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In the crosshairs of conscience: John Kitzhaber's death penalty reckoning

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To cope with his dread, John Kitzhaber opened his leather-bound journal and began to write.
It was a little past 9 on the morning of Nov. 22, 2011. Gary Haugen had dropped his appeals. A Marion County judge had signed the murderer's death warrant, leaving Kitzhaber, a former emergency room doctor, to decide Haugen's fate. The 49-year-old would soon die by lethal injection if the governor didn't intervene.
Kitzhaber was exhausted, having been unable to sleep the night before, but he needed to call the families of Haugen's victims.
"I know my decision will delay the closure they need and deserve," he wrote.
The son of University of Oregon English professors, Kitzhaber began writing each day in his journal in the early 1970s. The practice helped him organize his thoughts and, on that particular morning, gather his courage.
Kitzhaber first dialed the widow of David Polin, an inmate Haugen beat and stabbed to death in 2003 while already serving a life sentence fo…

Malaysia: Stop execution of prisoner due to be hanged on Friday

Malaysia
The Malaysian government must halt the execution of a 34-year-old man due to be hanged this Friday for murder, said Amnesty International.

Gunasegar Pitchaymuthu’s mother was today advised by officials at Taiping Prison, northern Malaysia, to visit her son for the “last time” and make arrangements for his funeral. Gunasegar Pitchaymuthu was convicted of murder, an offence which attracts the mandatory death penalty in Malaysia.

“Executing Gunasegar Pitchaymuthu would be a regressive step for human rights in Malaysia,” said Josef Benedict, Amnesty International’s Deputy Campaign Director for South-East Asia and the Pacific.

“The mandatory death penalty is a clear breach of human rights regardless of the crime committed. The authorities must step in to prevent this brutal act taking place before it is too late, and instead commute Gunasegar’s death sentence.”

Amnesty International has consistently criticized Malaysia’s practice of “secretive” executions. Information on scheduled hangings is not made public before, or even after, they are carried out - contrary to international standards on the use of the death penalty.

Instead, Gunasegar Pitchaymuthu’s mother Nagarani Sandasamy today received a letter from Taiping Prison officials informing her that he will be executed “soon” and advising her to visit him tomorrow morning. The family was also advised to discuss arrangements to claim the prisoner’s body for his funeral.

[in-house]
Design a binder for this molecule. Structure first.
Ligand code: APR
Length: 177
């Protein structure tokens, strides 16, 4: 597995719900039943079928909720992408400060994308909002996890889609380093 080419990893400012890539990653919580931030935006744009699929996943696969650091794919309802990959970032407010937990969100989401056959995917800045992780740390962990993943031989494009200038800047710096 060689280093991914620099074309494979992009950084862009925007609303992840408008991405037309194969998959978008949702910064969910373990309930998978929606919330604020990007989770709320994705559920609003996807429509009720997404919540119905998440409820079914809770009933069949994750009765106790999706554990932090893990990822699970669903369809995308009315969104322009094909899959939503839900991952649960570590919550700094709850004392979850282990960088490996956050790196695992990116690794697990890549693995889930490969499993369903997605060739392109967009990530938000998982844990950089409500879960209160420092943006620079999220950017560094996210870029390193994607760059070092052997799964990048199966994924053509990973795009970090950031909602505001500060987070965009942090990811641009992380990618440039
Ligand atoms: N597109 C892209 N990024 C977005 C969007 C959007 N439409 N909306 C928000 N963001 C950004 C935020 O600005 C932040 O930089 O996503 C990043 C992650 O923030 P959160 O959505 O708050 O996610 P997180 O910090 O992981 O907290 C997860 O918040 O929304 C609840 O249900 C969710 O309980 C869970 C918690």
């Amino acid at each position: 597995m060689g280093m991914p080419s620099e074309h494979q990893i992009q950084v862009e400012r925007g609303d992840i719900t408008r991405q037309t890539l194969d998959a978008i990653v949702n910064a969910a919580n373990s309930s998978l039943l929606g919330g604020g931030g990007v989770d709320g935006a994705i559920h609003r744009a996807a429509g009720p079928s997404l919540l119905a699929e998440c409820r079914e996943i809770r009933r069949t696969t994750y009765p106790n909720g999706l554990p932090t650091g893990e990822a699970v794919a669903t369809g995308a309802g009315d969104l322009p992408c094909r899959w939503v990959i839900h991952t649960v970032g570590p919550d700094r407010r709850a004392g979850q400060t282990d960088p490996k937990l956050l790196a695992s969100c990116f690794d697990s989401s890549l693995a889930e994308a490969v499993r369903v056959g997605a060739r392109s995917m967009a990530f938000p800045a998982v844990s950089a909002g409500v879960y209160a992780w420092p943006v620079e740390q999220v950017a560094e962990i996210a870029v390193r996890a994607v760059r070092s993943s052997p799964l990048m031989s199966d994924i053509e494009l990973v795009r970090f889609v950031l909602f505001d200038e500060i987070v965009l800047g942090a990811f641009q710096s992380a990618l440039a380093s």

Nagarani Sandasamy last visited her son a week ago, when neither were aware that the 34-year-old was scheduled to be hanged just a week later.

Gunasegar Pitchaymuthu was sentenced to death for the fatal stabbing of a man in Sungai Petani, Kedah state, on 16 April 2005.

“As discussions on abolishing the mandatory death penalty in Malaysia continue, the Malaysian government must immediately put in place a moratorium on all executions as a first step towards full abolition of the death penalty,” said Josef Benedict.

Background

No information is made publicly available on individual death penalty cases in Malaysia, while families are often informed at the last minute that their loved ones will be executed.

Senior government officials recently said Malaysia was considering abolishing the mandatory death penalty, which is currently the punishment for crimes including murder and drug-related offences.

Amnesty International opposes the death penalty in all cases without exception regardless of the nature or circumstances of the crime, the guilt, innocence or other characteristics of the individual, or the method used by the state to carry out the execution.

The death penalty violates the right to life and is the ultimate cruel, inhuman and degrading punishment.

International law and standards prohibit the mandatory imposition of the death penalty as constituting arbitrary deprivation of life, as it denies judges the possibility of taking into account the defendant’s personal circumstances or the circumstances of the particular offence.

Source: Amnesty International, March 23, 2016

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